There’s a thought that makes me worry when I think about the mitzvah of repentance. The Rambam (Maimonides) says that true repentance is when “The One who knows what is hidden will testify on his behalf that he repeat this sin anymore.” Without this he is “immersing in a mikvah while still holding onto the impurity” Who can really reach that level? That G-d testifies on his behalf that he won’t do that sin anymore? Doesn’t that make you want to give up? So what do I do?
The approach many sages take is not that true repentance is when a person won’t sin anymore forever. Rather at that moment in time deep in regret and repentance it is clear that he has no plans to repeat that sin anymore. His regret and pain over what he did is so great that for that time there’s no chance he will sin.
Another approach taken is that the Rambam discusses the loftiest level of repentance in which G-d testifies he won’t do that sin anymore. But even someone who doesn’t reach that level has still repented. The Talmud says that a man who betroths (marries) a woman on the condition that he is totally righteous, though he was wicked we still consider his betrothal valid for perhaps he had thoughts of repentance. This tells us that even thoughts of repentance move a person many steps forward.
These approaches can help us calm down and give us a wide spectrum of opportunity to repent. It will make us feel repentance is “not in the heavens, nor is it on the other side of the ocean.” That being said, the basic meaning of the Rambam’s words is still true. It is within the power of a person to really reach the level that he leaves the sin never to come back to it with G-d’s testifying to that, precisely because the sin is so scary.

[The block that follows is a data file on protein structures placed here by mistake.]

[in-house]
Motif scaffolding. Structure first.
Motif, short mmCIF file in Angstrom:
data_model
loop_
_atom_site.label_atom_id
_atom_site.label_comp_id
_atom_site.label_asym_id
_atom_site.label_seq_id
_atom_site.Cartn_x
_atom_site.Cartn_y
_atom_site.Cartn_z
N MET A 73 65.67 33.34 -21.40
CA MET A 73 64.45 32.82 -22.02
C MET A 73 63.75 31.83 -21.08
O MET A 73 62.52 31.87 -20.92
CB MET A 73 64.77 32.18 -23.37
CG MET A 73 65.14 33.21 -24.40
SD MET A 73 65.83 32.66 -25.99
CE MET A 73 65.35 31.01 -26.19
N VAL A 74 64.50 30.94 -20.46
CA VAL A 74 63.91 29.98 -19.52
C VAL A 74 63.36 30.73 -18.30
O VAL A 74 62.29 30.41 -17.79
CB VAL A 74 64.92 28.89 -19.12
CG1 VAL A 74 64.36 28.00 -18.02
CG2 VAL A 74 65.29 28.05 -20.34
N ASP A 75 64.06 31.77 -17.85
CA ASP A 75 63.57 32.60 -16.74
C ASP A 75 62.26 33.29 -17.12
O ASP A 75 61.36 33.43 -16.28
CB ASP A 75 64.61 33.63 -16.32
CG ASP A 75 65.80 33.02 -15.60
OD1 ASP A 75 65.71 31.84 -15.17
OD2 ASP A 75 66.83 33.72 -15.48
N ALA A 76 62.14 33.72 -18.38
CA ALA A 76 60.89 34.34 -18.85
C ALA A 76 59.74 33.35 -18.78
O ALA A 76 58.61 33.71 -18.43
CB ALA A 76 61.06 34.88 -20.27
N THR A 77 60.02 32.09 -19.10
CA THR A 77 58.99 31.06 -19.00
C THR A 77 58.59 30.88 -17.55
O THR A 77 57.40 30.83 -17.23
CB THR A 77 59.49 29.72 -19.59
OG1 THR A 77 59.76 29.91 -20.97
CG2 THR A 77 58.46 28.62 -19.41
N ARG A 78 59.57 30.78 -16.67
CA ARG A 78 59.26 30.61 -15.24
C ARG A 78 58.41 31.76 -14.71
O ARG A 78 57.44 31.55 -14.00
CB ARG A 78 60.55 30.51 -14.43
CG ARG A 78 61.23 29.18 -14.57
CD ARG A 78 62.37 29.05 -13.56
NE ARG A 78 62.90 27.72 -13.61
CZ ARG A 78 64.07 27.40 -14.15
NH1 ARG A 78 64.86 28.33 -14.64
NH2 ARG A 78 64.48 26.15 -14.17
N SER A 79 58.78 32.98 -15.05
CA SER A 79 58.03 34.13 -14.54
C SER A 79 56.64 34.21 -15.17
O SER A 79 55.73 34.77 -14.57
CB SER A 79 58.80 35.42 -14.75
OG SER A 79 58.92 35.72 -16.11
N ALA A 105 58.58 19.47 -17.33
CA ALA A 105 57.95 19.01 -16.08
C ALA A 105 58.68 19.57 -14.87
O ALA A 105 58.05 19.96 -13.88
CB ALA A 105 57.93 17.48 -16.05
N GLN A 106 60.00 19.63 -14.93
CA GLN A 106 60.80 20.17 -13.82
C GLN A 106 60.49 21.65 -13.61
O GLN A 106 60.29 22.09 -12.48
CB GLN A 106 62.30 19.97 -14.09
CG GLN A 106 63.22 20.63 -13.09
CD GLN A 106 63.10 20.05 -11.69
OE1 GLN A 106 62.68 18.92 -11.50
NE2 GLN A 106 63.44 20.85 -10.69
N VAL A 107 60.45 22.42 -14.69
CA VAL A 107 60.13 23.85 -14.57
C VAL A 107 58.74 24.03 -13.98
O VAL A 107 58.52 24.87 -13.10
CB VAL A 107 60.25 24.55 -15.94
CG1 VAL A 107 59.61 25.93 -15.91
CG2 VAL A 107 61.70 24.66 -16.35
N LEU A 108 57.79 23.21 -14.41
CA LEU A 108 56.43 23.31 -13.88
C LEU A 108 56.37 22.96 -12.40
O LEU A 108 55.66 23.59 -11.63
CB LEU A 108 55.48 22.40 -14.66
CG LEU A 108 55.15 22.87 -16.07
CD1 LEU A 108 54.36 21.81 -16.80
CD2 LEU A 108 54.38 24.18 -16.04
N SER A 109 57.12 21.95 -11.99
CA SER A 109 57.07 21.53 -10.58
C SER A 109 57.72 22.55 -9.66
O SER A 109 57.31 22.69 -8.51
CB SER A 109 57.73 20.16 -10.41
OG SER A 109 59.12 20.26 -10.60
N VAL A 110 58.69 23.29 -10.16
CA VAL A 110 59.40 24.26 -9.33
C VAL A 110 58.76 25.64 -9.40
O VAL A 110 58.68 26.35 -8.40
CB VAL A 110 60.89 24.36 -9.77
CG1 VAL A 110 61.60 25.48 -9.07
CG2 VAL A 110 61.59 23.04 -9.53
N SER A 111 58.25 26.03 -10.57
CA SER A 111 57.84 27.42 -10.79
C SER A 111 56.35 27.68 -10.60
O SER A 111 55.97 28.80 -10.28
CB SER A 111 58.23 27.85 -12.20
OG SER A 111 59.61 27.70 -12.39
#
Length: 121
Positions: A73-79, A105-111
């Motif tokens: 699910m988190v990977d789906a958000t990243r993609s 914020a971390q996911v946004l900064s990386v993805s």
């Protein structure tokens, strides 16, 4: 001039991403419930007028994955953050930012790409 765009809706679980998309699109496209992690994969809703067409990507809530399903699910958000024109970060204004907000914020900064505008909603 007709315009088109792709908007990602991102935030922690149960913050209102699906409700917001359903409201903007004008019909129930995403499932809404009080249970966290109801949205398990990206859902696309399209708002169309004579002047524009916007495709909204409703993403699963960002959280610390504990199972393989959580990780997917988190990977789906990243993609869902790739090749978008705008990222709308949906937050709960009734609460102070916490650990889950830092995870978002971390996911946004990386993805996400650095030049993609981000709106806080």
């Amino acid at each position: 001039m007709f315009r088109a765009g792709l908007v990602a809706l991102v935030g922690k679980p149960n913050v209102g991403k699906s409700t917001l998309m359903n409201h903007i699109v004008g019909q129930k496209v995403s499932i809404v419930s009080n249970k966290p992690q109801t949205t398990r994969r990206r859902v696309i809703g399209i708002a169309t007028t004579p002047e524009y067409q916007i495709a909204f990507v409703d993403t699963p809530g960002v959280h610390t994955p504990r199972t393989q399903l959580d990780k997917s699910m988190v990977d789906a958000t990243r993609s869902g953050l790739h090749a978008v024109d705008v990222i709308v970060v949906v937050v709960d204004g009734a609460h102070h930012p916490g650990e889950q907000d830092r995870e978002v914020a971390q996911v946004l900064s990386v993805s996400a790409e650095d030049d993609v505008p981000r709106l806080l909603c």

Take a look at addicts that left their addiction behind totally. True the saying goes, ‘once an addict always an addict and they know they can easily fall back into the abyss if they’re not careful. But the feeling that they can fall again is what keeps them away from going near the temptation altogether. With that understanding they built themselves new lives.
The same is true with repentance. We are addicted to sinning! If we weren’t we’d have stopped already, right? But the biggest sins are the easiest to repent for because the person is so scared to fall back into that pit. But we should still beware of the small sins too for they can slip under our radar.
Leaving sin is difficult; we are addicted. But the 1st step toward repentance is to recognize the power of sin to sweep us into it and to realize how hard it is for us to leave the sin to the point G-d testifies we left it. Isn’t that sentence about G-d testifying scary? When we recognize the power of sin and don’t take that power lightly we get the strength to distance ourselves from it. It is similar to leaving addiction. The hardest part is to recognize what the substance does and that you are powerless when facing it. Only then does his battle start and not a minute beforehand.
Now we need to build a new life for ourselves, literally. The Rambam has a program to follow that will help us get there. A person that truly repented has adapted the following behaviors for himself:
1. “He cries before G-d” meaning that he prays with a lot of concentration with the idea of remembering G-d and feeling his presence more.
2. “He distances himself from what brought him to sin.” Just like an addict knows he can easily fall. Our sages use the expression: “He who was scalded by boiling water stays away from lukewarm water too.” A person who was just scalded has sensitive skin that will hurt even if the water hitting him now is only lukewarm. Therefore he stays away from it. So too, one who repents will stay away from the sin and anything associated with it.
3. “He changes his name” meaning he sees himself a different person from the one he was when he sinned. “I am not that sinner anymore” he constantly repeats to himself. I’ve acquired a new identity. This is a psychological effect which empowers a person against the sin. (There are therapies that work with the principle of giving the person a new identity.)
4. “He changes all his actions for the better” which again reinforces the “new person” he became.
With these new approaches to repentance and the tools the Rambam gave us with which to repent may we all be successful in becoming the people we want to be and come close to G-d this Yom Kippur to change our entire year and lives for the better!
Gmar Chatima Tova, May You be Inscribed for Good